2005-11-11 / Sports

Devils’ Little Big Man Becomes Threat On Ice

By John J. Buro


New Jersey Devils’ Brian Gionta, left, congratulates goaltender Scott Clemmensen after Gionta scored the winning goal in a shootout and Clemmensen stopped Boston’s Glen Murray on their final shot in the shootout during the Devils’ 5-4 win in Boston on October 29. (AP Photo/Winslow Townson)New Jersey Devils’ Brian Gionta, left, congratulates goaltender Scott Clemmensen after Gionta scored the winning goal in a shootout and Clemmensen stopped Boston’s Glen Murray on their final shot in the shootout during the Devils’ 5-4 win in Boston on October 29. (AP Photo/Winslow Townson) NEW YORK -Sometimes, an innocent walk into a visitor’s lockerroom can create a myriad of dilemmas. Particularly, if the one player being sought is not well known. But, while Brian Gionta is not the most recognizable face on the New Jersey Devils, he is still relatively easy to find.

At 5’7”, 175, he immediately stands out in a room inhabited by much taller men. There is also one other thing about him that many people may not realize. After 14 games, he is also the team’s leading scorer.

Gionta has become a legitimate offensive threat because of a diligent work ethic and a willingness to take a hit. Larger, more muscular players are mere obstacles to him. And, because he must pick his spots –whether the play calls for him to dig the puck out of the corner or create havoc in front of the opposing net- he has learned to play a more efficient game.

“I’ve always had to work hard for what I got,” explained the 26 year-old Rochester native who, as a youth, gravitated toward Pat LaFontaine, another undersized American skater. “It’s no different than going into the corner and banging some bodies. If I’m against someone like [the Ottawa Senators’ 6’9”, 261 Zdeno] Chara or [the Rangers’ 6,6”, 238 Marek] Malik, I’m giving away a lot of size. I have to be smart with my hits.”

The modern game, with its multitude of rule changes designed to enhance offenses, has given him an even greater edge. “The new rules don’t hurt at all,” he smiled, after scoring two regulation goals and one shootout goal in the Devils’ 3-2 loss to the New York Rangers on Saturday afternoon at Madison Square Garden. “Obviously, not being able to get clutched and grabbed in the corner helps out quite a bit.

“I have to be quick. I need speed to get away from the bigger guys. But, that’s just one part of my game. I have to play the game right and take chances only when I can. And, when I can’t, I have to sit back and be patient.”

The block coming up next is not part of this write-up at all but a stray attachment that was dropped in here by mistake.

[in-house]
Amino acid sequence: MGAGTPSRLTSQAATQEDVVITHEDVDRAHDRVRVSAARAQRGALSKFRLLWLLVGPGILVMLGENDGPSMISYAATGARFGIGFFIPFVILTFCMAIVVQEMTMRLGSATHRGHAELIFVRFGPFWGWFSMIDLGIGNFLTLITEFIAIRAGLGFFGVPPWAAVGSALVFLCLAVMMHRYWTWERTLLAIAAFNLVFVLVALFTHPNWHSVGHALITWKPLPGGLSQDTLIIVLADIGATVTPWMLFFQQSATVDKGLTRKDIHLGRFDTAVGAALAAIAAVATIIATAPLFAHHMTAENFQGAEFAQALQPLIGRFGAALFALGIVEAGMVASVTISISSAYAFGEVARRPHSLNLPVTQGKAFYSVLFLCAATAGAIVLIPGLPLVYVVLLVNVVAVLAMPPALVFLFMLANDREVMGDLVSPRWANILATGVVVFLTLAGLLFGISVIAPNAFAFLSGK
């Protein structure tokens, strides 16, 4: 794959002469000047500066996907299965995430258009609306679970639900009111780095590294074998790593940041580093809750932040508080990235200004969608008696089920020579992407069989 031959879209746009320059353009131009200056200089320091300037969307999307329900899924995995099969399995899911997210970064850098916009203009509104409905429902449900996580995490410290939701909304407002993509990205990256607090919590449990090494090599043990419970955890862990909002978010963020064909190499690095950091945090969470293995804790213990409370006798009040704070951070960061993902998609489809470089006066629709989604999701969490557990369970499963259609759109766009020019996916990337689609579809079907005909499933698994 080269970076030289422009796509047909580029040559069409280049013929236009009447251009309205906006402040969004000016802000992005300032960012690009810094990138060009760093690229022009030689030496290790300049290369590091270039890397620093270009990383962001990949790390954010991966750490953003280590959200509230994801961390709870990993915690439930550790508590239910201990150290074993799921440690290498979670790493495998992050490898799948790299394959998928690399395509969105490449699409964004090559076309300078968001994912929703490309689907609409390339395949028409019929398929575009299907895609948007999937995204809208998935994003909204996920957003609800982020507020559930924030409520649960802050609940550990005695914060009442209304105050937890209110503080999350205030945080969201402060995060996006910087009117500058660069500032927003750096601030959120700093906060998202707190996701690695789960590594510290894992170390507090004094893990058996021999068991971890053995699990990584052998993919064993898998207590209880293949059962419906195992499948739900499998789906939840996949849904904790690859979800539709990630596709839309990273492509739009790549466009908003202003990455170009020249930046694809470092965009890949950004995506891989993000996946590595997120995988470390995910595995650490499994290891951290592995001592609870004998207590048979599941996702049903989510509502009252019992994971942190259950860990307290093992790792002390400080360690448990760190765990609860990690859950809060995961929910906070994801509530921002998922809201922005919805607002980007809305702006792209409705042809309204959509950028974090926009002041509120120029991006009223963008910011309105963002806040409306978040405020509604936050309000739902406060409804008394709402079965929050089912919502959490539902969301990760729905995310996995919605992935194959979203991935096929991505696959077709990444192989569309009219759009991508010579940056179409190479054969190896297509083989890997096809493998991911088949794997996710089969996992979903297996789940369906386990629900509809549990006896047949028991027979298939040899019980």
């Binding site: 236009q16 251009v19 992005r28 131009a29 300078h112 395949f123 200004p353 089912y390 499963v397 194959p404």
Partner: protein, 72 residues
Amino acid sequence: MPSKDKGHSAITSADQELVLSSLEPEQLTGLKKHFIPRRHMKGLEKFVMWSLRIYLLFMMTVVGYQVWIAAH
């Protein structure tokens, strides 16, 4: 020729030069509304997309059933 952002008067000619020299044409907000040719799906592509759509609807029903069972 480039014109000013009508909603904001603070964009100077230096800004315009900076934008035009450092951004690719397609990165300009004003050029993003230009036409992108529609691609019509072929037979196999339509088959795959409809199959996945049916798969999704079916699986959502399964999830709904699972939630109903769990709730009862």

Patience, ever virtuous, is a lasting characteristic of the New Jersey system.

“They do a great job developing their young guys,” stated Gionta, who scored 123 goals and 232 points in 164 games during his four seasons at Boston College and was, subsequently, picked in the 3 rd Round [No. 82 overall] by the Devils in the 1998 NHL Entry Draft.

“I’ve learned how to play the game because I wasn’t put in a situation that, early on, I wouldn’t have been ready for. That is part of this organization’s success. As such, we gain playoff experience each year. And, with that, a chance to win.”

Gionta gives his team a chance to win nearly every time he steps onto the ice. He tallied the game’s opening goal by, first, screening goaltender Kevin Weekes and, then, deflecting Sean Brown’s laser from the right point during the Devils’ 5-on-3 power play advantage 1:40 into the second period.

Eight minutes later, a neutral zone turnover resulted in Gionta leading a two-on-one rush that concluded when his dart from the right circle beat Weekes for a 2-0 push. The goal -which boosted his team-high total to nine- allowed him to assume the lead in points [14] from Alexander Mogilny. By the end of the game, he had amassed 58 shots-on-goal, which is 21 more than John Madden, who has the second most on the team.

“I’ve been working hard, and trying to get some pucks on the net,” he summarized. “And they’ve been going in.”

Even before the lockout, which eradicated the 2004-05 season, his shots were going in. During the 2003-04 season, he scored 21 goals and his two-way effort earned him a +19. Subsequently, his teammates voted him the Hugh Delano Unsung Hero Award, which is named for the Hall-of-Fame hockey scribe. “Any award,” Gionta said, “that is voted on by teammates shows that they respect what a player is doing on the ice.”

However, the Rangers would erase those two goals –and gain one point in the standings- when Petr Prucha and Blair Betts forced overtime. And, when the five-minute overtime couldn’t decide the issue, a shootout ensued.

Gionta is now respected enough for what he does on the ice to be there when it matters. When Michael Nylander slipped a backhander past Scott Clemmensen, the Rangers were one save -and two very important points- away from victory.

The diminutive demon shared his thought process as he approached center ice.

As I’m coming in on him [the goalie], I’m looking to see what he’s taking away –the shot or the deke. If he’s playing back in the net, I will shoot. If he’s out a little more, I will use a fake to go around him.”

Gionta stickhandled and Weekes bit. The backhanded goal extended the shootout to a fourth player. Though it was the third time that he had beaten the Ranger goalie, there would be no hat trick, as shootout goals are not part of individual statistics.

On this day, there would be no Devil victory either, as Prucha flipped a shot through Clemmensen’s pads to end the game.

In defeat, however, one thing was clear. New Jersey has a star in the making. He may be their smallest star. But, thus far, he has shone the brightest.

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